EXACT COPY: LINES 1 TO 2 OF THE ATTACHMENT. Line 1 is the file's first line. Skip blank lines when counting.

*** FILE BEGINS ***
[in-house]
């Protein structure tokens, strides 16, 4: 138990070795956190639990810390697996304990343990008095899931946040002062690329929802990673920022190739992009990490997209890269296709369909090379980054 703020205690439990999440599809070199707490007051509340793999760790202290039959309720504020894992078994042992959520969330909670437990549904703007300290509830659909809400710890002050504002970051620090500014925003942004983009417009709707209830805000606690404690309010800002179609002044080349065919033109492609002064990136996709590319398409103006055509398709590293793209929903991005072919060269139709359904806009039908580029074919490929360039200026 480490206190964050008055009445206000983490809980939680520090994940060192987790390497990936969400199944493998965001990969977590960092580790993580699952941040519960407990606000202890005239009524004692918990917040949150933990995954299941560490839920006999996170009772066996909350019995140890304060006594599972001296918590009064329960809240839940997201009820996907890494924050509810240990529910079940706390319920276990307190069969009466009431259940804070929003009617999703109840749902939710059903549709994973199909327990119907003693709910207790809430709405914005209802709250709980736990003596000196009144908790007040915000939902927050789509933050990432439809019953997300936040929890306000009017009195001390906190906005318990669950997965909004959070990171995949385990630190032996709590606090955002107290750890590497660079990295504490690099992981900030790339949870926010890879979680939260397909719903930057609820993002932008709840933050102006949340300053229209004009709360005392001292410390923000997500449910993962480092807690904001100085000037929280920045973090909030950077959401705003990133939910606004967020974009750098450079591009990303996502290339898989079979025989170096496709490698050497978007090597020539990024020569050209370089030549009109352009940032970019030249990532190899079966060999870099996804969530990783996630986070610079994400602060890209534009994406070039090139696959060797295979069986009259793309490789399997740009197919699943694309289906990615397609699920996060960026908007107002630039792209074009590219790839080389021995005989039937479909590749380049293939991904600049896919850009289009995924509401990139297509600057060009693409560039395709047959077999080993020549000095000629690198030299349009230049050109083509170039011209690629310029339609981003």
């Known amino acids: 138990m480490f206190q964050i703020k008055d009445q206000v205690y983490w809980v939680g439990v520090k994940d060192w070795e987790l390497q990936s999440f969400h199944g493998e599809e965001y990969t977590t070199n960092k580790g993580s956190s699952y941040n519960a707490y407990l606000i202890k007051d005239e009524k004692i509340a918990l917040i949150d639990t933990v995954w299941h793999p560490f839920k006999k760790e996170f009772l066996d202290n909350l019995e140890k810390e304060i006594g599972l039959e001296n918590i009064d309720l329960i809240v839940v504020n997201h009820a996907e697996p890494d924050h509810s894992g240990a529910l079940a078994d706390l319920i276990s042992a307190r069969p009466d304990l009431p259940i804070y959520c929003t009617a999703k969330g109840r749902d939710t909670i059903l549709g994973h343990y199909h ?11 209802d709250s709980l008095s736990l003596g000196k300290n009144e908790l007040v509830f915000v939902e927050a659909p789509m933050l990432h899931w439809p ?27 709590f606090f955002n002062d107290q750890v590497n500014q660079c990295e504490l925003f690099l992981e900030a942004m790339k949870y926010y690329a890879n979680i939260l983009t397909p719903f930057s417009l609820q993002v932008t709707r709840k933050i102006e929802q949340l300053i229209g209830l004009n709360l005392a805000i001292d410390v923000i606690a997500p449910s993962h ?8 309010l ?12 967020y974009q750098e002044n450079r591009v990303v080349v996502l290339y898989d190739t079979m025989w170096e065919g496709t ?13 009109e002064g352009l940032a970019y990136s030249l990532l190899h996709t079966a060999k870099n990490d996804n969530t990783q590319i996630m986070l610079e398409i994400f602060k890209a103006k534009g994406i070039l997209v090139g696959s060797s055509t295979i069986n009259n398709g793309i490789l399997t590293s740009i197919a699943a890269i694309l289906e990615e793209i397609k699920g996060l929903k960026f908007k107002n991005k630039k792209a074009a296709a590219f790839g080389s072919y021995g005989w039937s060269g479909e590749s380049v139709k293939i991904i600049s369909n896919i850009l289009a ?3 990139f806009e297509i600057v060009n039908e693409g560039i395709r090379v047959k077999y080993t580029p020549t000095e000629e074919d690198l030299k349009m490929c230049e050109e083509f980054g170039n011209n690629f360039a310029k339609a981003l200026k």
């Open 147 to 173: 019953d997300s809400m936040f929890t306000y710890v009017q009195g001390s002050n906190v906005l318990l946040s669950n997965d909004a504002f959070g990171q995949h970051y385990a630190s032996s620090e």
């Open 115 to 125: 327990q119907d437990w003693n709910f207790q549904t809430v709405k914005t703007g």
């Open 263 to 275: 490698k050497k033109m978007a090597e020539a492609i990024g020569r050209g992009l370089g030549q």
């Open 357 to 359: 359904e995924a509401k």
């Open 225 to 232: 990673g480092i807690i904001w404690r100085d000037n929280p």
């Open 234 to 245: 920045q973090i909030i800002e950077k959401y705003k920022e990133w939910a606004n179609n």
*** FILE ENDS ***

[in-house]
């Protein structure tokens, strides 16, 4: 138990070795956190639990810390697996304990343990008095899931946040002062690329929802990673920022190739992009990490997209890269296709369909090379980054 703020205690439990999440599809070199707490007051509340793999760790202290039959309720504020894992078994042992959520969330909670437990549904703007300290509830659909809400710890002050504002970051620090500014925003942004983009417009709707209830805000606690404690309010800002179609002044080349065919033109492609002064990136996709590319398409103006055509398709590293793209929903991005072919060269139709359904806009039908580029074919490929360039200026 480490206190964050008055009445206000983490809980939680520090994940060192987790390497990936969400199944493998965001990969977590960092580790993580699952941040519960407990606000202890005239009524004692918990917040949150933990995954299941560490839920006999996170009772066996909350019995140890304060006594599972001296918590009064329960809240839940997201009820996907890494924050509810240990529910079940706390319920276990307190069969009466009431259940804070929003009617999703109840749902939710059903549709994973199909327990119907003693709910207790809430709405914005209802709250709980736990003596000196009144908790007040915000939902927050789509933050990432439809019953997300936040929890306000009017009195001390906190906005318990669950997965909004959070990171995949385990630190032996709590606090955002107290750890590497660079990295504490690099992981900030790339949870926010890879979680939260397909719903930057609820993002932008709840933050102006949340300053229209004009709360005392001292410390923000997500449910993962480092807690904001100085000037929280920045973090909030950077959401705003990133939910606004967020974009750098450079591009990303996502290339898989079979025989170096496709490698050497978007090597020539990024020569050209370089030549009109352009940032970019030249990532190899079966060999870099996804969530990783996630986070610079994400602060890209534009994406070039090139696959060797295979069986009259793309490789399997740009197919699943694309289906990615397609699920996060960026908007107002630039792209074009590219790839080389021995005989039937479909590749380049293939991904600049896919850009289009995924509401990139297509600057060009693409560039395709047959077999080993020549000095000629690198030299349009230049050109083509170039011209690629310029339609981003």